- South Africans hold day of prayer for Nelson Mandela
- Mandela not on life support in final hours, friend says
- Ukraine protesters topple, decapitate Lenin statue in Kiev
- Kim Jong-un’s uncle removed from North Korean state documentary
- Thailand crisis deepens as opposition quits Parliament
- Campbell Soup apologizes for SpaghettiOs’ Pearl Harbor tweet
- Former Reagan aide James Baker: President regretted apartheid veto
- Some donations to gay waitress who allegedly forged hate note refunded
- German President Joachim Gauck boycotting Sochi Olympics
- Dr. Ezekiel Emanuel: If you want to pay more for your doctor, you can under Obamacare
Latest Politics Items
The number of civilians killed in the Afghan war jumped 21 percent in the first half of 2010 compared with the similar period last year, with insurgents responsible for the spike, the United Nations said in a report Tuesday.
Senate Republican Leader Mitch McConnell says the American people are fed up with the Democratic majority in Washington and appear prepared to send in fresh GOP troops to provide political balance.
The House, in a rare moment of bipartisanship on Tuesday, approved $600 million to pay for more unmanned surveillance drones and about 1,500 more agents along the troubled Mexican border.
Polls show the public knows Democratic policies have hurt the country. Having no defense, Democrats have ramped up efforts to blame George W. Bush for today's troubles, going so far as to distribute "Blame Bush" pocket cards with talking points attacking the former president. American voters are too smart to fall for the blame game.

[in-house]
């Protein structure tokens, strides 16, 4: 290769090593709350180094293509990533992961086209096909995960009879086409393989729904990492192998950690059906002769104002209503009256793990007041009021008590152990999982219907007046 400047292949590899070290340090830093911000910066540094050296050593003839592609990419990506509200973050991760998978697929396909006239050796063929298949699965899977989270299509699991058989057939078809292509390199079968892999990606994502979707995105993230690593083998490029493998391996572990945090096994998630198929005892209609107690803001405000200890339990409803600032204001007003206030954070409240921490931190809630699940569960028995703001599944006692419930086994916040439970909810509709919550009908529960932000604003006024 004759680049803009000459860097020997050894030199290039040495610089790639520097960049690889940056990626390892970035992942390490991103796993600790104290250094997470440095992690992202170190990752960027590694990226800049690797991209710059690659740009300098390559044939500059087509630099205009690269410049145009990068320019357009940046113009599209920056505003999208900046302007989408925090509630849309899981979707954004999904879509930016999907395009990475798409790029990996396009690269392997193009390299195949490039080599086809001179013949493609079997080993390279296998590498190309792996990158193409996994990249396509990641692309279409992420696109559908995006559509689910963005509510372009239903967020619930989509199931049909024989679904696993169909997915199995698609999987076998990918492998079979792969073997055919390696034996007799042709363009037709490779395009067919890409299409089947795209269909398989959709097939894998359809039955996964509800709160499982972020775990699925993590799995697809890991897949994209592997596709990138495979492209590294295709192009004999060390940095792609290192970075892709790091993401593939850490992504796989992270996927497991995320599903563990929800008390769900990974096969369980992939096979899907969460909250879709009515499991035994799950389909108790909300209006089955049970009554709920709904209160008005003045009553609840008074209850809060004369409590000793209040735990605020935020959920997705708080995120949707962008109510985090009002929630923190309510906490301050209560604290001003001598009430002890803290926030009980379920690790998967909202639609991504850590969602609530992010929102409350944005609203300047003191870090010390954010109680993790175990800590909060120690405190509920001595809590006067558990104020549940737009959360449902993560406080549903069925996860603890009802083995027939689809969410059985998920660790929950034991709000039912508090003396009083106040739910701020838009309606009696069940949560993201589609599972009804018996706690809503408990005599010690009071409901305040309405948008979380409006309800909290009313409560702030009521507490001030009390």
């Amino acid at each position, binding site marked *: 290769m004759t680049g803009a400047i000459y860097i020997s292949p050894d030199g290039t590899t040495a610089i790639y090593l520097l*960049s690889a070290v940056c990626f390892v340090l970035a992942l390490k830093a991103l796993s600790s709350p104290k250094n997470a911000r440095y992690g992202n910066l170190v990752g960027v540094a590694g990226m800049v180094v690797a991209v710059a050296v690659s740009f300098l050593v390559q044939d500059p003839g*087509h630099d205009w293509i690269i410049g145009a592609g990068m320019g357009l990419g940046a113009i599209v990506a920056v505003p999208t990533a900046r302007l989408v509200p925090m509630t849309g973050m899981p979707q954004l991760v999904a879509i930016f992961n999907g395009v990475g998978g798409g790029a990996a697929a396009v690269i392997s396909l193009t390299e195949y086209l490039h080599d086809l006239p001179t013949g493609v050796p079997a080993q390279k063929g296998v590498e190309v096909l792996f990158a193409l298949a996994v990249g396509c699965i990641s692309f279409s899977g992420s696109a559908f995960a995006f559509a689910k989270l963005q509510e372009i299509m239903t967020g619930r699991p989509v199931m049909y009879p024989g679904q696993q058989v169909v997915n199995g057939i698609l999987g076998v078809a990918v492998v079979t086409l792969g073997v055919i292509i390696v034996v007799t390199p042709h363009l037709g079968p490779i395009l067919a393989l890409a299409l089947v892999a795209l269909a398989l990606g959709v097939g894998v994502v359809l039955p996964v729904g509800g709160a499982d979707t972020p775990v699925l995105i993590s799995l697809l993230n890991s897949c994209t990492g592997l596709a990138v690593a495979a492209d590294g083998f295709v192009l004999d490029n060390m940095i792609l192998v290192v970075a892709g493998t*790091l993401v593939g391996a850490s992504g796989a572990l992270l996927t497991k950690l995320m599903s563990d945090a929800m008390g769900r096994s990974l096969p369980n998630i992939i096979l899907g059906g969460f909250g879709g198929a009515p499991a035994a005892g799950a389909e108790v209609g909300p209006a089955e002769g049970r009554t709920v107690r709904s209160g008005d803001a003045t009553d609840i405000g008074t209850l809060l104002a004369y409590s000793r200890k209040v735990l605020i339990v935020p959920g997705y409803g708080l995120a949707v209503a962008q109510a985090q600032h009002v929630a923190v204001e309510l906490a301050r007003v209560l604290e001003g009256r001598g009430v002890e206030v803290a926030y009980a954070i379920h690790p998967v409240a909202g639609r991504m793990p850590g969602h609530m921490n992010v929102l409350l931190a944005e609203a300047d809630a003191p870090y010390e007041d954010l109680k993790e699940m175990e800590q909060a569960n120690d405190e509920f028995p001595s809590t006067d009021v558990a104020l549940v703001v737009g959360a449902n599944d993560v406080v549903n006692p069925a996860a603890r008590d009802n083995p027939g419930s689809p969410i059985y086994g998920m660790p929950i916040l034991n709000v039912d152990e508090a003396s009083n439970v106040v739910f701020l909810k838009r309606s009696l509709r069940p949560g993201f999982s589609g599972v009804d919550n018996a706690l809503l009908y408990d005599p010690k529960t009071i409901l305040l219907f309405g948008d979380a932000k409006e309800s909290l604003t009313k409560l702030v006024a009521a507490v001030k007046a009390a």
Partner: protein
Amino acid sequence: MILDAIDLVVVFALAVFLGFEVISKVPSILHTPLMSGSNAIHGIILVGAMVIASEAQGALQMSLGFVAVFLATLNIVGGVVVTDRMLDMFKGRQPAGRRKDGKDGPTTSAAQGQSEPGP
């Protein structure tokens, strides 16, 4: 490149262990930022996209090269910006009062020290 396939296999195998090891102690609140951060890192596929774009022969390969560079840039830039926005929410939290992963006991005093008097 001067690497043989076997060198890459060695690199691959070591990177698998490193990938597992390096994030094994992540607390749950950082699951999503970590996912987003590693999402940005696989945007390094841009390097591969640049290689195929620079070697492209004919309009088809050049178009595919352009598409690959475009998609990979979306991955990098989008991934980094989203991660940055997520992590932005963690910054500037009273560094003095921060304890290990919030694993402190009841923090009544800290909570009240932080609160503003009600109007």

The Sarbanes-Oxley legislation of 2002 was a knee-jerk reaction to the Enron scandal. The bill called for most regulations to be written by the Securities and Exchange Commission or the Government Accountability Office; little detail was included. The resulting regulations were in many respects poorly written, with little thought given to the fallout. Unintended consequences resulted, the most expensive having to do with internal controls and the significant cost to large public companies that had to adopt the poorly thought-out regulations in an area where there is no firm standard. Billions and billions of dollars later, after numerous changes to this regulation, I am not sure anything positive was achieved, certainly not anything meaningful enough to be considered in any way cost-effective.
A combative Rep. Charles B. Rangel told the House on Tuesday he's not resigning despite 13 charges of wrongdoing and demanded the ethics committee not leave him "swinging in the wind."
That Western democracies and even many Arab states apparently are waiting for an Israeli military strike against Iran's nuclear facilities is a measure of just how myopic and weak President Obama's Iran policy has been ("Israel versus Iran," Commentary, Monday).
A "quiet revolution" is under way in the United States. Little by little, without much argument or dissent - indeed, with the cheerful complicity of a large, bipartisan group of legislators and policymakers - the American way of education is shifting from towns, cities and states toward the federal government and centralization.
Two key sheriffs along the Arizona-Mexico border on Tuesday called a planned visit by U.S. Immigration and Customs Enforcement Assistant Secretary John Morton a "political stunt" and described as "pathetic" Obama administration attempts to "cover up its inaction in protecting our borders."